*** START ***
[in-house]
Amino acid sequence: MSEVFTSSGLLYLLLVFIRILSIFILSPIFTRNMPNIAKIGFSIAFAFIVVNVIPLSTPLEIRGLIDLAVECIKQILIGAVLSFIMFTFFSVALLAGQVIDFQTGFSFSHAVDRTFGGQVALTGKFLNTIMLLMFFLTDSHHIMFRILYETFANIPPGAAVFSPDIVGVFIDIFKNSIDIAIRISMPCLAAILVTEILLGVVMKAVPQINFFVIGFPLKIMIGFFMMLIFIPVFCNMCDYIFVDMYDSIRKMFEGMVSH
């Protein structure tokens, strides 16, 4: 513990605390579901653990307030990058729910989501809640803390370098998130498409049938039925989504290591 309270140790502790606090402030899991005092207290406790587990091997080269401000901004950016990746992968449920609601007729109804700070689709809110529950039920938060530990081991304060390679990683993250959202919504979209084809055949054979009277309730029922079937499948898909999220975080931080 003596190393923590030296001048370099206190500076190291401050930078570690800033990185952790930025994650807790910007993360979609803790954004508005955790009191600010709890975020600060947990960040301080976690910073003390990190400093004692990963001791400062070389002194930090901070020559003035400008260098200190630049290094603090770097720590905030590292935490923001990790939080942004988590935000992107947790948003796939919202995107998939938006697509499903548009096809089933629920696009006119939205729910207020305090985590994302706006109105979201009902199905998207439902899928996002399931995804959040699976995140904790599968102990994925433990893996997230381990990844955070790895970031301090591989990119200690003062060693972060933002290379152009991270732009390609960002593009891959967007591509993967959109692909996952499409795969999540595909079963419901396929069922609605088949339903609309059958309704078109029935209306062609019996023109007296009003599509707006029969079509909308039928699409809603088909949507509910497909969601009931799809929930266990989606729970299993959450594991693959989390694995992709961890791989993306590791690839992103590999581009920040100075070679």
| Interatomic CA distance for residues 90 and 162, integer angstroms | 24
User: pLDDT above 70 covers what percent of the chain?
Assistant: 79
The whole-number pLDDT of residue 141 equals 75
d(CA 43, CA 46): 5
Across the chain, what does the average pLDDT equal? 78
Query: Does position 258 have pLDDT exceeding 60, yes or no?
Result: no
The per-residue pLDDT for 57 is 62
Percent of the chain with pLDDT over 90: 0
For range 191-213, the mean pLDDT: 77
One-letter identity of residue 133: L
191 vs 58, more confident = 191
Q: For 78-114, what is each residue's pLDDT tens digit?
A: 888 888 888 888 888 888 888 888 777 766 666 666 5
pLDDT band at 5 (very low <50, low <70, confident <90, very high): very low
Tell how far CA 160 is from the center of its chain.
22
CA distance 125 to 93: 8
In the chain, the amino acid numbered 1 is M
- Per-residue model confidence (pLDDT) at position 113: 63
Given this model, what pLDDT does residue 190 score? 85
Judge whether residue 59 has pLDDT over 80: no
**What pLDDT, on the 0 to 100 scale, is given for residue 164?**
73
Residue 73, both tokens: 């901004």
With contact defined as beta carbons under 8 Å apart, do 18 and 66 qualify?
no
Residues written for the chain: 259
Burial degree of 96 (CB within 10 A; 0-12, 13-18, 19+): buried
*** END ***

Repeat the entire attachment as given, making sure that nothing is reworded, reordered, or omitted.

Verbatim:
[in-house]
Amino acid sequence: MSEVFTSSGLLYLLLVFIRILSIFILSPIFTRNMPNIAKIGFSIAFAFIVVNVIPLSTPLEIRGLIDLAVECIKQILIGAVLSFIMFTFFSVALLAGQVIDFQTGFSFSHAVDRTFGGQVALTGKFLNTIMLLMFFLTDSHHIMFRILYETFANIPPGAAVFSPDIVGVFIDIFKNSIDIAIRISMPCLAAILVTEILLGVVMKAVPQINFFVIGFPLKIMIGFFMMLIFIPVFCNMCDYIFVDMYDSIRKMFEGMVSH
């Protein structure tokens, strides 16, 4: 513990605390579901653990307030990058729910989501809640803390370098998130498409049938039925989504290591 309270140790502790606090402030899991005092207290406790587990091997080269401000901004950016990746992968449920609601007729109804700070689709809110529950039920938060530990081991304060390679990683993250959202919504979209084809055949054979009277309730029922079937499948898909999220975080931080 003596190393923590030296001048370099206190500076190291401050930078570690800033990185952790930025994650807790910007993360979609803790954004508005955790009191600010709890975020600060947990960040301080976690910073003390990190400093004692990963001791400062070389002194930090901070020559003035400008260098200190630049290094603090770097720590905030590292935490923001990790939080942004988590935000992107947790948003796939919202995107998939938006697509499903548009096809089933629920696009006119939205729910207020305090985590994302706006109105979201009902199905998207439902899928996002399931995804959040699976995140904790599968102990994925433990893996997230381990990844955070790895970031301090591989990119200690003062060693972060933002290379152009991270732009390609960002593009891959967007591509993967959109692909996952499409795969999540595909079963419901396929069922609605088949339903609309059958309704078109029935209306062609019996023109007296009003599509707006029969079509909308039928699409809603088909949507509910497909969601009931799809929930266990989606729970299993959450594991693959989390694995992709961890791989993306590791690839992103590999581009920040100075070679």
| Interatomic CA distance for residues 90 and 162, integer angstroms | 24
User: pLDDT above 70 covers what percent of the chain?
Assistant: 79
The whole-number pLDDT of residue 141 equals 75
d(CA 43, CA 46): 5
Across the chain, what does the average pLDDT equal? 78
Query: Does position 258 have pLDDT exceeding 60, yes or no?
Result: no
The per-residue pLDDT for 57 is 62
Percent of the chain with pLDDT over 90: 0
For range 191-213, the mean pLDDT: 77
One-letter identity of residue 133: L
191 vs 58, more confident = 191
Q: For 78-114, what is each residue's pLDDT tens digit?
A: 888 888 888 888 888 888 888 888 777 766 666 666 5
pLDDT band at 5 (very low <50, low <70, confident <90, very high): very low
Tell how far CA 160 is from the center of its chain.
22
CA distance 125 to 93: 8
In the chain, the amino acid numbered 1 is M
- Per-residue model confidence (pLDDT) at position 113: 63
Given this model, what pLDDT does residue 190 score? 85
Judge whether residue 59 has pLDDT over 80: no
**What pLDDT, on the 0 to 100 scale, is given for residue 164?**
73
Residue 73, both tokens: 């901004």
With contact defined as beta carbons under 8 Å apart, do 18 and 66 qualify?
no
Residues written for the chain: 259
Burial degree of 96 (CB within 10 A; 0-12, 13-18, 19+): buried